Elevation Change from 2016a
(overlain on orthophoto)
wave event: ~4.2 m swell + ~ 2.5m spring tide
wave event: ~5 m swell + ~ 2.5m spring tide, approximately 10 - 20 year event
miscellaneous undocumented wave events
30 cm
0 cm
-30 cm
Central Points of the Poster
Study site: Is this imbricated boulder deposit at Wa-
takarung evidence of tsunami inundation? See
background section for location.
green = boulder in new location, orange = boulder missing from original location
DJI Phantom 4 Pro DJI Phantom 2, Sony A5100 camera
DJI Phantom 2, Sony A5100 camera
DEM Construction Methods
- Very high resolution (1 cm pixel) DEMs rasterized from point clouds made using SfM processing
(Agisoft) of photographs from sUAS
- UAS platforms: DJI Phantom 2 (customized with 24 Mp Sony A5100 camera, 16 or 20 mm lens);
DJI Phantom 4 Pro (20 Mp DJI camera); DJI Mavic Pro (12.3 Mp DJI camera)
- Point clouds were georeferenced and co-registered with articial and natural ground control
points (GCPs)
- d-GNSS measurement of GCP locatoins, except nal model, which used natural GCPs located
using prior models
- Local GNSS base (JPL APPS solutions)
- SfM processing in Agisoft Photoscan/Metashape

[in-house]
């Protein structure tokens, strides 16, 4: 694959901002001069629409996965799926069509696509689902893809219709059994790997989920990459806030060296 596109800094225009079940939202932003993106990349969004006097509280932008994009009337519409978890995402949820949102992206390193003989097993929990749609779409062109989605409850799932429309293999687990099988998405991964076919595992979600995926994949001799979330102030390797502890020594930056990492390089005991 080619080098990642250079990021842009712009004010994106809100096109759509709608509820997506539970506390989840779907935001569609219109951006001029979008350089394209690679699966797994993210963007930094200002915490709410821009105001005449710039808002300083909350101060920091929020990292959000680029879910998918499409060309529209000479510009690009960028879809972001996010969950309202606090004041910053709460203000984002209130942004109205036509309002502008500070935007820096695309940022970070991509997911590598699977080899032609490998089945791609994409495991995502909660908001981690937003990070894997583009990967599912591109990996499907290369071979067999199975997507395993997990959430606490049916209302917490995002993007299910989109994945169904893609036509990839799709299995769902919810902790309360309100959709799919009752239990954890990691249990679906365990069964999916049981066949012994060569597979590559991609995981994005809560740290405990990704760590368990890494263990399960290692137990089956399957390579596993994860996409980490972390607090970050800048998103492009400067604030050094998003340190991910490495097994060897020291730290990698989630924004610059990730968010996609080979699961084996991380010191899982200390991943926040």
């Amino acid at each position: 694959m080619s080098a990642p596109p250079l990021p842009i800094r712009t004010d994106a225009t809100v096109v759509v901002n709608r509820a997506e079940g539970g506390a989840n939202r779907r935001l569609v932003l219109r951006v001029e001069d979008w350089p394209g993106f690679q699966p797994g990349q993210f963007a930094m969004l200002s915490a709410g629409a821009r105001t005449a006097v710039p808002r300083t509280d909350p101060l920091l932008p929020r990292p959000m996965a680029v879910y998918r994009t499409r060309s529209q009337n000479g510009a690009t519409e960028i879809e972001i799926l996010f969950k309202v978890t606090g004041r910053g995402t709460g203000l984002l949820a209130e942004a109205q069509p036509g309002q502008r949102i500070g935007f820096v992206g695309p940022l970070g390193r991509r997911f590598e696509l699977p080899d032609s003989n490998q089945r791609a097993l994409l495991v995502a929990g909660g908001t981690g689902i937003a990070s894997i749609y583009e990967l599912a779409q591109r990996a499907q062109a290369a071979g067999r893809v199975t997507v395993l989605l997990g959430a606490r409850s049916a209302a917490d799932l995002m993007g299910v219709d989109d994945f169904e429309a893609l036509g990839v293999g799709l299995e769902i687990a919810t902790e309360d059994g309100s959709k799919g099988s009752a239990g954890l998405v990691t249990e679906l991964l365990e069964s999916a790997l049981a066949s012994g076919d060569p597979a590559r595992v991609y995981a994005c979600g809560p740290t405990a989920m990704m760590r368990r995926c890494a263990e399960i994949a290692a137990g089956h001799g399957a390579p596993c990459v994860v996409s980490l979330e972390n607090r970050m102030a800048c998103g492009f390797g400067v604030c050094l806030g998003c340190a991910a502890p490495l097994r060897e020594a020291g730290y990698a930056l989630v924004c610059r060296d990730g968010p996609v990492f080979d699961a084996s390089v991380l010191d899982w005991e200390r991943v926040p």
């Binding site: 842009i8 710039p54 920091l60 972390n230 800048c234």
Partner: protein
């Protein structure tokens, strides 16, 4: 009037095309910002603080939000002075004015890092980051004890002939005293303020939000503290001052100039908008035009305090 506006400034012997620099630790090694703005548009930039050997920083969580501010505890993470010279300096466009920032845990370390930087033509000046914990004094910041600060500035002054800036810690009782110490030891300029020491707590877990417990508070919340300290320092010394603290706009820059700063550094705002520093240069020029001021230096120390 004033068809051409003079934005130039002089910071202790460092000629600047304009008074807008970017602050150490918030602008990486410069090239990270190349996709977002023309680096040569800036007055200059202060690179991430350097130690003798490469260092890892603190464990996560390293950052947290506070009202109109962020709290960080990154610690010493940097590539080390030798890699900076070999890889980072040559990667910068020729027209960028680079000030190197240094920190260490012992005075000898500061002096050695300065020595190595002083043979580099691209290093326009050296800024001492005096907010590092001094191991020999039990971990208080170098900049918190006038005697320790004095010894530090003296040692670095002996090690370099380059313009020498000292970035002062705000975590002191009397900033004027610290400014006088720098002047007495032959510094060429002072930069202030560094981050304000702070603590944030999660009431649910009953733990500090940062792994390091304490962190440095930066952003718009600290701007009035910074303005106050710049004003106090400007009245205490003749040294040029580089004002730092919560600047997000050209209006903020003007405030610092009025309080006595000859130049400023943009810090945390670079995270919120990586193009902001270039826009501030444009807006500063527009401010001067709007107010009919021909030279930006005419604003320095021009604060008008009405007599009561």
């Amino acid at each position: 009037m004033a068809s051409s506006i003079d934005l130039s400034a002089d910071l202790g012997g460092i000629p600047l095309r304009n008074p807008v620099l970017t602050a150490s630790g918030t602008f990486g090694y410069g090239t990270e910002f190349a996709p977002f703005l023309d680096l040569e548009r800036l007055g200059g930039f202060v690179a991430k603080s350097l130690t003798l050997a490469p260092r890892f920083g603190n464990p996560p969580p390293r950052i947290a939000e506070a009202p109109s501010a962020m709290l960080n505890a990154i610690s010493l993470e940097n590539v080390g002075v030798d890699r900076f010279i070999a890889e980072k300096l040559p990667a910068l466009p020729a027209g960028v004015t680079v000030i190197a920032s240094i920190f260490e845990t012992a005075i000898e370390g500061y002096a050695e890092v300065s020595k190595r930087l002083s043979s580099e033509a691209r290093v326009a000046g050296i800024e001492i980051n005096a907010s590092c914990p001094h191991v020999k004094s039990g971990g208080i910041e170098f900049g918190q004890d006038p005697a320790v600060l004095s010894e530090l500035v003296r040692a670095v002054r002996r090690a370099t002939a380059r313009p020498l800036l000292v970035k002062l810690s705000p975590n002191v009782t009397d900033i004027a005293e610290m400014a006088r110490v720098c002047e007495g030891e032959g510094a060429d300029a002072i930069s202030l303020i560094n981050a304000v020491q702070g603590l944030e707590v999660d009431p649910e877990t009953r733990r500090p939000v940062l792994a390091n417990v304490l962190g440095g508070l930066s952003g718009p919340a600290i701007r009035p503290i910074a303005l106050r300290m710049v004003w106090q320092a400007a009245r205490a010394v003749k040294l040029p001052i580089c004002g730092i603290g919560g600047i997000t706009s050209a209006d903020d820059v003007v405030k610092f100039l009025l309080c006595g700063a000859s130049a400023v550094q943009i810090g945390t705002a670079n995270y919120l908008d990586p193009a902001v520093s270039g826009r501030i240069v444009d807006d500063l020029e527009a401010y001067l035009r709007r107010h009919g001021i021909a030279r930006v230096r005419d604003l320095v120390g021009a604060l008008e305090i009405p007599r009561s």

- DEMs dierenced in ArcMAP (shown here) and using iterative closest point (e.g., CloudCom-
Identifying, let alone dating, unequivocal evidence of past tsunami
activity is very challenging yet important to assessing hazard.
Near shore boulder deposits located along the south coasts of In-
donesian islands on the southwestern edge of the Sunda plate
may be a useful indicator of tsunami activity
Project goals include
Explore whether storm wave activity can be ruled out as the
origin of one of the boulder deposits
Develop methodology to monitor boulder deposit and geomor-
phic change in general with DEMs made with struc-
ture-from-motion (SfM) processing of photographs from
small uncrewed aerial systems (sUAS)
Java and study area in context of
the Sunda Trench, recent tsunami-
genic earthquakes along the relat-
ed Sunda megathrust, and south-
east Asia. Colored areas show esti-
mated rupture areas of earth-
quakes . Basemap from Google
Earth, plate boundaries from USGS,
and earthquake rupture areas from
Caltech Tectonics Observatory and
Abercrombie et al. (2001).